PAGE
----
3

Good morning,

I have found a lot questions and tutorials on how to align multi-line equations, even over several pages and such, but I am unable to figure out how to align several equations with paragraphs of text between them.

Here is a minimal working example of my problem:

    \documentclass[10pt,a4paper]{book}
    \usepackage[utf8]{inputenc}
    \usepackage{amsmath}
    \usepackage{amsfonts}
    \usepackage{amssymb}
    \usepackage{fleqn}
    \begin{document}
    Since we have
    \begin{equation}
        e^x = \frac{d}{dx}e^x
    \end{equation}
    and
    \begin{equation}
        e^x = \int e^x dx
    \end{equation}
    one of my students concluded that
    \begin{equation}
        \int dx = \frac{d}{dx}.
    \end{equation}
    \end{document}

This compiles to:

Equation 1 and 2 are perfectly aligned, but 3 is not.

As you can see the first two equations are perfectly aligned since the left sides take up the same width. Equation 3 is not aligned as the left side is wider. I am looking for a simple solution to align all equal signs, at least on a page, if not the entire document.

In the full document that I am writing there are several lines of explanation between equations, sometimes with inline math, references and so on, therefore solutions that simple put a few words in plain text inside a math environment are not really viable in my opinion.

I hope that I have stated my question clearly and wish you a good day.

  • 3
    You might want to have a look at the macro \intertext. It's only supposed for one or two lines, so no fit for your problem, but it might be a good point to start looking for alternatives. – Dave Nov 29 '19 at 10:16
  • @Dave it works for longer text too. I've been working on an answer about it. – Disenchanted Lurker Nov 29 '19 at 10:18
  • 1
    I'm not sure why the equals sign should be aligned. The three equations are independent of each other, so they shouldn't be aligned. From a mathematical point of view, $e^x=\int e^x\,dx$ is almost as wrong as the student's claim. – egreg Nov 29 '19 at 10:46
  • See also tex.stackexchange.com/questions/409489/… – John Kormylo Nov 29 '19 at 15:42
4

I know you said that solutions that "put a few words in plain text inside a math environment" don't seem to be viable. But you might still want to consider the \intertext (amsmath) and \shortintertext (mathtools) commands.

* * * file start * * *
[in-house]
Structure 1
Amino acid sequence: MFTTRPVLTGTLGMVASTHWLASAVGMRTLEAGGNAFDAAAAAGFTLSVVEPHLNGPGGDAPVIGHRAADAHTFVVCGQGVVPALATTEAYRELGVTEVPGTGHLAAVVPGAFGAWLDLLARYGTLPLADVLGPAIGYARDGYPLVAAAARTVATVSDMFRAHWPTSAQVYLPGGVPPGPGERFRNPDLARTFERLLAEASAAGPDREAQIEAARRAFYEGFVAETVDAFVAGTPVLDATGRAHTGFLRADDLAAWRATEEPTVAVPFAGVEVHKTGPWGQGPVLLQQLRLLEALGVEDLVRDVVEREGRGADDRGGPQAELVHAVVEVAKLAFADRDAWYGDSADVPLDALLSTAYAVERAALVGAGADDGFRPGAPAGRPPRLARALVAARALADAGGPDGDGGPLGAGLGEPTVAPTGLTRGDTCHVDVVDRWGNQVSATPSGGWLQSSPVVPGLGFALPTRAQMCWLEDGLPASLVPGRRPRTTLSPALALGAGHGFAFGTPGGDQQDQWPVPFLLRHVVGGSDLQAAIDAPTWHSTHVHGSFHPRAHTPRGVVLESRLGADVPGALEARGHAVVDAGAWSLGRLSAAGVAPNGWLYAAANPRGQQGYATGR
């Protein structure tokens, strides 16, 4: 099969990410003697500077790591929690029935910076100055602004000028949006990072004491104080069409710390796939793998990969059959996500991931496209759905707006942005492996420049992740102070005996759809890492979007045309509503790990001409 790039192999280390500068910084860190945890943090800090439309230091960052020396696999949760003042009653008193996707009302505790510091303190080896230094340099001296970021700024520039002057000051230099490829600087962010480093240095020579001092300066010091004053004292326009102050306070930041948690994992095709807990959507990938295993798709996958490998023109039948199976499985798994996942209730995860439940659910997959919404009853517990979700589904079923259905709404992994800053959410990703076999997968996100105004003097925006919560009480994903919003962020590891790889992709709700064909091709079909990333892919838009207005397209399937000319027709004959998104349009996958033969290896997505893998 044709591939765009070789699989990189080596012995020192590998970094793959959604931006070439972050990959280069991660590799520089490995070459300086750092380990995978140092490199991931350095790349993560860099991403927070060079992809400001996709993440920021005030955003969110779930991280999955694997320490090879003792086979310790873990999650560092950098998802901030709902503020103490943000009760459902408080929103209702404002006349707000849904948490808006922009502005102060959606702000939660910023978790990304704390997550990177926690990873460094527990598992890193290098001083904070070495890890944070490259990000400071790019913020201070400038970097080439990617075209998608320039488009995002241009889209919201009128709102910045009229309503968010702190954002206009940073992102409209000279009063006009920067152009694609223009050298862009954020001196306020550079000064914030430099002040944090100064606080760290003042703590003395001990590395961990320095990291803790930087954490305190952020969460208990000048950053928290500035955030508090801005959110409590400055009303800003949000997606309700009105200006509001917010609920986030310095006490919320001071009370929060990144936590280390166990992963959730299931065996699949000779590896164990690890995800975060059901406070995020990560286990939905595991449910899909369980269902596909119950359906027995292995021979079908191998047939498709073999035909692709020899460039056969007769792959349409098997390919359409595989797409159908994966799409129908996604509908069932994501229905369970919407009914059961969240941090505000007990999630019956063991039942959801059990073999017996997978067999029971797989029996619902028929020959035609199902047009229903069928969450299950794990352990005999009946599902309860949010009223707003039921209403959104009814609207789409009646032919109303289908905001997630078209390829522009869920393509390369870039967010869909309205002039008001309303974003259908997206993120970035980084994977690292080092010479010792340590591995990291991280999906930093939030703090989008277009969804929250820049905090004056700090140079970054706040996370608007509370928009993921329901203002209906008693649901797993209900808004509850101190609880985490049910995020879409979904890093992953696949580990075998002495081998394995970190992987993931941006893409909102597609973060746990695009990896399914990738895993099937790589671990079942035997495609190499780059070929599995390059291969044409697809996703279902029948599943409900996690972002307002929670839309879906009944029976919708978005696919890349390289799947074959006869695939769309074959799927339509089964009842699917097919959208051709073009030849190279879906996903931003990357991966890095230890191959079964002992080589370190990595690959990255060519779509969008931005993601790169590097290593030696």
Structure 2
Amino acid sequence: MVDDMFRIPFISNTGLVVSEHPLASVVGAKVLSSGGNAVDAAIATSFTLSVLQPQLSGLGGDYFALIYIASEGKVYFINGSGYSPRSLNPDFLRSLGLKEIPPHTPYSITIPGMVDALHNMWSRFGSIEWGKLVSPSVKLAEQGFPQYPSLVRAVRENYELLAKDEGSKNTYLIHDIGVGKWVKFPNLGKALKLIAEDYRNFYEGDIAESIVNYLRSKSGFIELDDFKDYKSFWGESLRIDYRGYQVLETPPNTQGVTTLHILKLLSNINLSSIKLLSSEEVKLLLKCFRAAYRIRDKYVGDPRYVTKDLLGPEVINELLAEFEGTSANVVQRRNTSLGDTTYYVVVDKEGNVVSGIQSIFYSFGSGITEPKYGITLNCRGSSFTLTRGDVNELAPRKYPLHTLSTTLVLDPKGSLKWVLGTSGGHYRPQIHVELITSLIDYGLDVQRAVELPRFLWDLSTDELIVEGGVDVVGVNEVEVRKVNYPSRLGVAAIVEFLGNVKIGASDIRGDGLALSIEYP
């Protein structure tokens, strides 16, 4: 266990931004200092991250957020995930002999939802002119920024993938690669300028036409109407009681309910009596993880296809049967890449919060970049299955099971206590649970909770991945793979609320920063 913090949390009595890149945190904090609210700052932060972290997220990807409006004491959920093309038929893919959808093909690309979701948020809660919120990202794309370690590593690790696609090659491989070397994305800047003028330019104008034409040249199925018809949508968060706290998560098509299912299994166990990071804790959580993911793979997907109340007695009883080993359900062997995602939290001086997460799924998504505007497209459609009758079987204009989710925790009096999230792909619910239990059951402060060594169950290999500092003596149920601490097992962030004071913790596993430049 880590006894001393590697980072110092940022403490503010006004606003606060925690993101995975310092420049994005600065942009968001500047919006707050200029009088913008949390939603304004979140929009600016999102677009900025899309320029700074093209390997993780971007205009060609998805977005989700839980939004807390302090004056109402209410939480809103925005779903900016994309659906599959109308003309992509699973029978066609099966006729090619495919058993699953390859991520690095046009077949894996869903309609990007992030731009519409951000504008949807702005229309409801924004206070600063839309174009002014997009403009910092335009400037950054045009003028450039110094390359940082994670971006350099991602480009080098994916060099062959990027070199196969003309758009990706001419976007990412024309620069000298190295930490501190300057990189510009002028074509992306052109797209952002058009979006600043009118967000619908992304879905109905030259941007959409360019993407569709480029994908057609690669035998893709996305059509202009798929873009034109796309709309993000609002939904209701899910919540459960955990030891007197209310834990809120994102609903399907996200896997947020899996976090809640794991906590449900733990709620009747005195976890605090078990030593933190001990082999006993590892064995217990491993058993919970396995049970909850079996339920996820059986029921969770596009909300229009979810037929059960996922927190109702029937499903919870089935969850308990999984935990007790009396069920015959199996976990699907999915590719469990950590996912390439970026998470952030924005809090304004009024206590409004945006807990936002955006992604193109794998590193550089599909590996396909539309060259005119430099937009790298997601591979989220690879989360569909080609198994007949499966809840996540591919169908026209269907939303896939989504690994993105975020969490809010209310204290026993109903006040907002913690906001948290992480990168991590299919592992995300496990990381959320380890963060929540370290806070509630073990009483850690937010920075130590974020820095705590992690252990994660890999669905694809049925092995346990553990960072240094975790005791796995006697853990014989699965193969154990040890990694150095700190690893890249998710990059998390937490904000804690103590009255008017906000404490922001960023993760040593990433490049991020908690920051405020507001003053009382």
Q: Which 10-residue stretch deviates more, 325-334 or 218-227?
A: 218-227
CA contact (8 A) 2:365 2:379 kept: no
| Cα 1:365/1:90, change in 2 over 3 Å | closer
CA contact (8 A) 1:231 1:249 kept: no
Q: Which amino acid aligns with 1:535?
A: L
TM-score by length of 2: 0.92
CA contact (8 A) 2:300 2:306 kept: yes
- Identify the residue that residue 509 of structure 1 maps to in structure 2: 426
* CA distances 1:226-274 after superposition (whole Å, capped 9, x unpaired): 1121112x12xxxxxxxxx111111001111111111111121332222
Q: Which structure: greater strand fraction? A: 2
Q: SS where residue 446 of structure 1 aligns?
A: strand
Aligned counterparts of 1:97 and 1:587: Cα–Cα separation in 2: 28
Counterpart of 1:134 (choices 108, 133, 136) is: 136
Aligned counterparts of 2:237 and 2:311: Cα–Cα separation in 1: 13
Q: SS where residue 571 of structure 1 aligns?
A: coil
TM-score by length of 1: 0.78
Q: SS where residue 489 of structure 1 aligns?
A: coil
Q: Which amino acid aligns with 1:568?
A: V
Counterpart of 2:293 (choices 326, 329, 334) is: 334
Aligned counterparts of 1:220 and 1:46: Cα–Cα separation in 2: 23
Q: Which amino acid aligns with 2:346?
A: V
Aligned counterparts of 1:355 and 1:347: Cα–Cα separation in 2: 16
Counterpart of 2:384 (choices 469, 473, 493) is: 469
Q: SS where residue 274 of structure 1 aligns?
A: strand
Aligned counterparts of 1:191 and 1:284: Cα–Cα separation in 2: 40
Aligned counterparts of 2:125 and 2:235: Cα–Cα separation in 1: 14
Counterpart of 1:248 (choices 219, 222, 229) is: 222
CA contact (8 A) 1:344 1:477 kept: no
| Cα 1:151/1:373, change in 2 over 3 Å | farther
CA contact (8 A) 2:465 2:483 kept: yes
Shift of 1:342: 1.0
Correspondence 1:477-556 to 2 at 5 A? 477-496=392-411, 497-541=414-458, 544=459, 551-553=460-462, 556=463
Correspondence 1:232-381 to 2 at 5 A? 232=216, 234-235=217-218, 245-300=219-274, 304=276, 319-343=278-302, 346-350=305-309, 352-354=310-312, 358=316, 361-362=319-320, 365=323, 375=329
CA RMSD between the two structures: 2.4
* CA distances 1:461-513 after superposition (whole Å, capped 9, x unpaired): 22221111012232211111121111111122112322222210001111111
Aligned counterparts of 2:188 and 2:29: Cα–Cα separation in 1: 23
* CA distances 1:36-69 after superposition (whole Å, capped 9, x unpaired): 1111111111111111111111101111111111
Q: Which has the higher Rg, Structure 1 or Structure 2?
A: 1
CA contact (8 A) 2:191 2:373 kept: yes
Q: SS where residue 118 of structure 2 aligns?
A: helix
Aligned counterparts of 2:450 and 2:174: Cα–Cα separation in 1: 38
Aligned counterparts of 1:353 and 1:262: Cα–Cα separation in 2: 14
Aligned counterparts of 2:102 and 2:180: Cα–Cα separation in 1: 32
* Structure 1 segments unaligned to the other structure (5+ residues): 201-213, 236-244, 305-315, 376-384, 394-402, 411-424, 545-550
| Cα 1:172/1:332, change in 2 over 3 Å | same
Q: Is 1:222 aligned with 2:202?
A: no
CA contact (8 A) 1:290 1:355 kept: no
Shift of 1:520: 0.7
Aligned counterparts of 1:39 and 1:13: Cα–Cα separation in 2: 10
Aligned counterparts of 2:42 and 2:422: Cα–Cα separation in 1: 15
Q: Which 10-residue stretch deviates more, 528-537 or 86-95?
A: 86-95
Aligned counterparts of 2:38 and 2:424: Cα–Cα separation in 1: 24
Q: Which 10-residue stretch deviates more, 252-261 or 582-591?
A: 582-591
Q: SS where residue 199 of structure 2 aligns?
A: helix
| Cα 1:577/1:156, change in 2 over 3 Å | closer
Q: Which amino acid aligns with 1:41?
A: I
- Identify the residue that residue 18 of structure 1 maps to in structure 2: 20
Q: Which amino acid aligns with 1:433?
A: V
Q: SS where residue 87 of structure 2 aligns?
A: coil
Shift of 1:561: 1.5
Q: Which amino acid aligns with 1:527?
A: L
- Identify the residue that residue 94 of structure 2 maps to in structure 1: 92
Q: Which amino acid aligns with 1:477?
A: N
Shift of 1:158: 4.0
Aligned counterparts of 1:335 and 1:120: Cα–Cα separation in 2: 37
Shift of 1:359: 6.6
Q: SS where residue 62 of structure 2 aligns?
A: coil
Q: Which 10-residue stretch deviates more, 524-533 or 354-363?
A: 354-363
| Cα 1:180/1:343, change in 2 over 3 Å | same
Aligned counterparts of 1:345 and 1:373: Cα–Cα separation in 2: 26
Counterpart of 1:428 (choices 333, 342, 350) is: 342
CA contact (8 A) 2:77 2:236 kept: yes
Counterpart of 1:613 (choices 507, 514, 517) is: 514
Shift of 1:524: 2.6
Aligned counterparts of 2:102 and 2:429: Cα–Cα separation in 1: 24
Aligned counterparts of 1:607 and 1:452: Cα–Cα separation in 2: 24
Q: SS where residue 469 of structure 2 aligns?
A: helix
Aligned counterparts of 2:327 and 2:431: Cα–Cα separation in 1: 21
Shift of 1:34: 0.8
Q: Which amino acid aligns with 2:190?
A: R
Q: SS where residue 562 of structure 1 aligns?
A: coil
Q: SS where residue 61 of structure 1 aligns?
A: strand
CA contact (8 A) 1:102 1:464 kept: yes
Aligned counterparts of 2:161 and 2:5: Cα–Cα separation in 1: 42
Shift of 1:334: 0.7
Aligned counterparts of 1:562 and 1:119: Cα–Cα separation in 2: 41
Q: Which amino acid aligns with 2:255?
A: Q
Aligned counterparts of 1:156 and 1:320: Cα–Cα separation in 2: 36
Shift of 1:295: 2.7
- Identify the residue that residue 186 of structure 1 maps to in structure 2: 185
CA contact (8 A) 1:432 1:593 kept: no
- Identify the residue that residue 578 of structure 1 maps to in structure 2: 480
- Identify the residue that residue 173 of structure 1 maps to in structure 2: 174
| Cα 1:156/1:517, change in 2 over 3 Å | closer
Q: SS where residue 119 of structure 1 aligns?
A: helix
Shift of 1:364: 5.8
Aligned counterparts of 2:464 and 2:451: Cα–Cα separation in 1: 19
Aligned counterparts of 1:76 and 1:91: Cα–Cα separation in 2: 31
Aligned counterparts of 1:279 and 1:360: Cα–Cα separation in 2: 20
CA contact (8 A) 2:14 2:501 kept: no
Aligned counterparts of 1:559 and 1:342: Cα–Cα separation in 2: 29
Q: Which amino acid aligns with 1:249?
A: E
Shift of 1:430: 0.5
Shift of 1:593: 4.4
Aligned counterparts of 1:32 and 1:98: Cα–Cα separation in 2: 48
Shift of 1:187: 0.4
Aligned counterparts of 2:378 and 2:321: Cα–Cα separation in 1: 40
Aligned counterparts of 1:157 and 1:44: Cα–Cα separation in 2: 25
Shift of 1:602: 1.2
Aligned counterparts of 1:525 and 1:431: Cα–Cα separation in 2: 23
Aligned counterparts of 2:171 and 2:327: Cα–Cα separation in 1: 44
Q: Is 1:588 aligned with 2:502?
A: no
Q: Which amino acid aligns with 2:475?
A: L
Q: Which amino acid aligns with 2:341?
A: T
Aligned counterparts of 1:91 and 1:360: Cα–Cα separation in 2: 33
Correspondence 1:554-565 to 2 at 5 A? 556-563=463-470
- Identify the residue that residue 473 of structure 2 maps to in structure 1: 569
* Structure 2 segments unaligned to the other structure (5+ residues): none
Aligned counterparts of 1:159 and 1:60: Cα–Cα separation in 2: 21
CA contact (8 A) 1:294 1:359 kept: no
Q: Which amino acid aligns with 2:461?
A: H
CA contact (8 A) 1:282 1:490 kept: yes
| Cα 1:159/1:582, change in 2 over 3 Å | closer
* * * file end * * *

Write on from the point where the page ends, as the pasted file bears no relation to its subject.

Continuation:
These allow you to put whole paragraphs of text between the equations, including inline math and citations.

The difference between the two commands is in the spacing: \shortintertext has smaller space between paragraphs, as shown in the example below.

\usepackage[utf8]{inputenc}
\usepackage{amsmath}
\usepackage{mathtools}

\usepackage{filecontents}

\begin{filecontents}{references.bib}
@inproceedings{TestSmith,
    title={This is a Test},
    author={Smith, John and Jones, Ben},
    booktitle={2016 Placeholder Conference on Citation Testing},
    pages={3--4},
    year={2016}
}
\end{filecontents}


\begin{document}

The "intertext" and "shortintertext" commands allow you to put text inside an align environment.
\begin{align}
c + c + e^x &= \frac{d}{dx}e^x 
\intertext{this is normal "intertext"} 
\intertext{It has large spacing between paragraphs} 
b + b + b + e^x &= \int e^x dx
\shortintertext{"shortintertext" from the "mathtools" package has smaller spacing}
\shortintertext{like this}
\int dx &= \frac{d}{dx}.
\shortintertext{This works even for multi-line paragraphs, inline math ($x=\alpha+\frac{a}{b+1}$) and citations~\cite{TestSmith}.}    
\shortintertext{Lorem ipsum dolor sit amet, consectetur adipiscing elit, sed do eiusmod tempor incididunt ut labore et dolore magna aliqua. . Ut enim ad minim veniam, quis nostrud exercitation ullamco laboris nisi ut aliquip ex ea commodo consequat. Duis aute irure dolor in reprehenderit in voluptate velit esse cillum dolore eu fugiat nulla pariatur. Excepteur sint occaecat cupidatat non proident, sunt in culpa qui officia deserunt mollit anim id est laborum.}
\int dx &= \frac{d}{dx} + a + a + a.
\end{align}

\bibliographystyle{apalike}
\bibliography{references}

\end{document}

output of the code above

| improve this answer | |
  • Thanks for mentioning \shortintertext, I was looking for a possibility to decrease the vertical spacing as well. I think I will run with this method, it delivers exactly the output I was looking for. – terri Nov 29 '19 at 14:52
4

\intertext works for single or multiple pages if that's sufficient for your needs.

\documentclass[10pt,a4paper]{book}
\usepackage[utf8]{inputenc}
\usepackage[fleqn]{amsmath}
\usepackage{amsfonts}
\usepackage{amssymb}
%\usepackage{fleqn}
\begin{document}

Since we have
\begin{align}
    e^x &= \frac{d}{dx}e^x
\intertext{and}
    e^x &= \int e^x dx
\intertext{one of my students concluded that.. one of my students concluded that.. one of my students concluded that..}
    \int dx &= \frac{d}{dx}.
\end{align}

\end{document}

enter image description here

| improve this answer | |

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